This book examines the experience and politics of teachers’ work, questions of teacher appraisal, and the struggles of the teachers’ action of 1984-86. A major section of the book charts the changing power relations between organized teachers and the State in Britain from 1900 to the late 1980s. The contributors to this volume write from a variety of perspectives, including conflict theory, socio-historical analysis, feminist analysis, diary-based ethnography, and interview-based research. With its sensitivity to this range of perspectives and its bringing together of the experimental aspects of teaching, as well as its class, gender and political relations, this book is an authoritative source for courses in education, sociology, history and social policy.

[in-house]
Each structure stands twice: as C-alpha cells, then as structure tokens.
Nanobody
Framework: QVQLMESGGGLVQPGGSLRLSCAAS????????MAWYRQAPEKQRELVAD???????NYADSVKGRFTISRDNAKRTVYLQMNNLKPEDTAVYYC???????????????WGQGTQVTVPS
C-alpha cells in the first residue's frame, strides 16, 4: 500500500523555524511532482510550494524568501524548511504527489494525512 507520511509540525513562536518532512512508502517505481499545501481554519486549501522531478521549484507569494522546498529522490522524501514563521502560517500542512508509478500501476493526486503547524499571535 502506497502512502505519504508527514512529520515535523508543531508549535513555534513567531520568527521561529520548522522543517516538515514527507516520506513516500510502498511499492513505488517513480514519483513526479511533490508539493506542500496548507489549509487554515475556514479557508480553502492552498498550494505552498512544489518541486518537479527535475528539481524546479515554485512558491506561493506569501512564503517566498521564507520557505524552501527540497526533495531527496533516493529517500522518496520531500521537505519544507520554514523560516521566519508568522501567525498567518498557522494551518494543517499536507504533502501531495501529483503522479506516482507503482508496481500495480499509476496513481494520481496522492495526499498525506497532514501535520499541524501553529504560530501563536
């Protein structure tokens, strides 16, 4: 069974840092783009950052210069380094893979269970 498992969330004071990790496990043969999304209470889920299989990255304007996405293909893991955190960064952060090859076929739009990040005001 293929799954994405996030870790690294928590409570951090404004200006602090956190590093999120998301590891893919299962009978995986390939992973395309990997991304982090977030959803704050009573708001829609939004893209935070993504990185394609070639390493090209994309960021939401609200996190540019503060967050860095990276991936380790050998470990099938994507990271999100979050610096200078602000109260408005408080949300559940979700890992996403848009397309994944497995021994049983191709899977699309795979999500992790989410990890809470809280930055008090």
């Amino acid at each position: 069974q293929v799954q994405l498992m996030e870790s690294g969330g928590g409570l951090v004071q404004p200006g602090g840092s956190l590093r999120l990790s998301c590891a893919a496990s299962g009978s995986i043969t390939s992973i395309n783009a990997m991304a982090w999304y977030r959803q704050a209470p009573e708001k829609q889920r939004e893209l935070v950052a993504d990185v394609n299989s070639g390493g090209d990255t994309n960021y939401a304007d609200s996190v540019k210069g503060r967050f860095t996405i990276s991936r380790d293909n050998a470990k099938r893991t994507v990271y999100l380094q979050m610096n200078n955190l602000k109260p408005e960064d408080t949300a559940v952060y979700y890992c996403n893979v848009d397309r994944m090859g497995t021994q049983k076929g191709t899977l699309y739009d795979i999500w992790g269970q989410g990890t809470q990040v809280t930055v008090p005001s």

Table of Contents
Introduction: Martin Lawn and Gerald Grace. Part 1: Recovering History. 1. ‘Lady Teachers’ and Politics in the United States, 1850-1930 Geraldine J Clifford. 2. Feminists in Teaching: The National Union of Women Teachers, 1920-1940 Sarah King. 3. What is the Teacher’s Job? Work and Welfare in Elementary Teaching, 1940-1945 Martin Lawn. Part 2: Working in Contemporary Schools. 4. Being a Feminist Teacher Marilyn Joyce. 5. Pride and Prejudice: Teachers, Class and an Inner-City Infants School Jan Lee. 6. Prisonhouses Carolyn Steedman. Part 3: The Politics of Work. 7. Part of the Union: School Representatives and their Work Jenny Ozga. 8. The Politics of Teacher Appraisal Kieron Walsh. 9. The Teachers’ Action, 1984-1986 Richard Pietrasik. Part 4: Teachers and the State. 10. Teachers and the State in Britain: A Changing Relation Gerald Grace. Index.